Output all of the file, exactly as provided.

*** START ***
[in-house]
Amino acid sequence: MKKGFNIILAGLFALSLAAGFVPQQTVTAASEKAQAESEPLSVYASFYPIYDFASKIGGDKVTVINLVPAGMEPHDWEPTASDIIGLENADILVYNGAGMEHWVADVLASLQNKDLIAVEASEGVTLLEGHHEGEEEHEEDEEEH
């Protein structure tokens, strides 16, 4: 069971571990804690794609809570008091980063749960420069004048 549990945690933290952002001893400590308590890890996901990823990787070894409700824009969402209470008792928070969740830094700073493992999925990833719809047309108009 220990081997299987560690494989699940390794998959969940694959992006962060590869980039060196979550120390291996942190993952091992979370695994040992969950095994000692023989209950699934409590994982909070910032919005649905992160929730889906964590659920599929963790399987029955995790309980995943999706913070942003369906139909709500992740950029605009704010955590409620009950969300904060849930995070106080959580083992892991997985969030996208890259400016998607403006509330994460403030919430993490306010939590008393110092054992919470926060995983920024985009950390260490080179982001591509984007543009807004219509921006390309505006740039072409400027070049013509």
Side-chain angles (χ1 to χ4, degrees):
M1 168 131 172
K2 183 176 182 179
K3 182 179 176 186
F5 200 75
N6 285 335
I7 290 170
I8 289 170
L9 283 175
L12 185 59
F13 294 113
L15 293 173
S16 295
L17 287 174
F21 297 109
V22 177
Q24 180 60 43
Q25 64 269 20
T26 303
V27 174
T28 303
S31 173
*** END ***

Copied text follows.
[in-house]
Amino acid sequence: MKKGFNIILAGLFALSLAAGFVPQQTVTAASEKAQAESEPLSVYASFYPIYDFASKIGGDKVTVINLVPAGMEPHDWEPTASDIIGLENADILVYNGAGMEHWVADVLASLQNKDLIAVEASEGVTLLEGHHEGEEEHEEDEEEH
């Protein structure tokens, strides 16, 4: 069971571990804690794609809570008091980063749960420069004048 549990945690933290952002001893400590308590890890996901990823990787070894409700824009969402209470008792928070969740830094700073493992999925990833719809047309108009 220990081997299987560690494989699940390794998959969940694959992006962060590869980039060196979550120390291996942190993952091992979370695994040992969950095994000692023989209950699934409590994982909070910032919005649905992160929730889906964590659920599929963790399987029955995790309980995943999706913070942003369906139909709500992740950029605009704010955590409620009950969300904060849930995070106080959580083992892991997985969030996208890259400016998607403006509330994460403030919430993490306010939590008393110092054992919470926060995983920024985009950390260490080179982001591509984007543009807004219509921006390309505006740039072409400027070049013509």
Side-chain angles (χ1 to χ4, degrees):
M1 168 131 172
K2 183 176 182 179
K3 182 179 176 186
F5 200 75
N6 285 335
I7 290 170
I8 289 170
L9 283 175
L12 185 59
F13 294 113
L15 293 173
S16 295
L17 287 174
F21 297 109
V22 177
Q24 180 60 43
Q25 64 269 20
T26 303
V27 174
T28 303
S31 173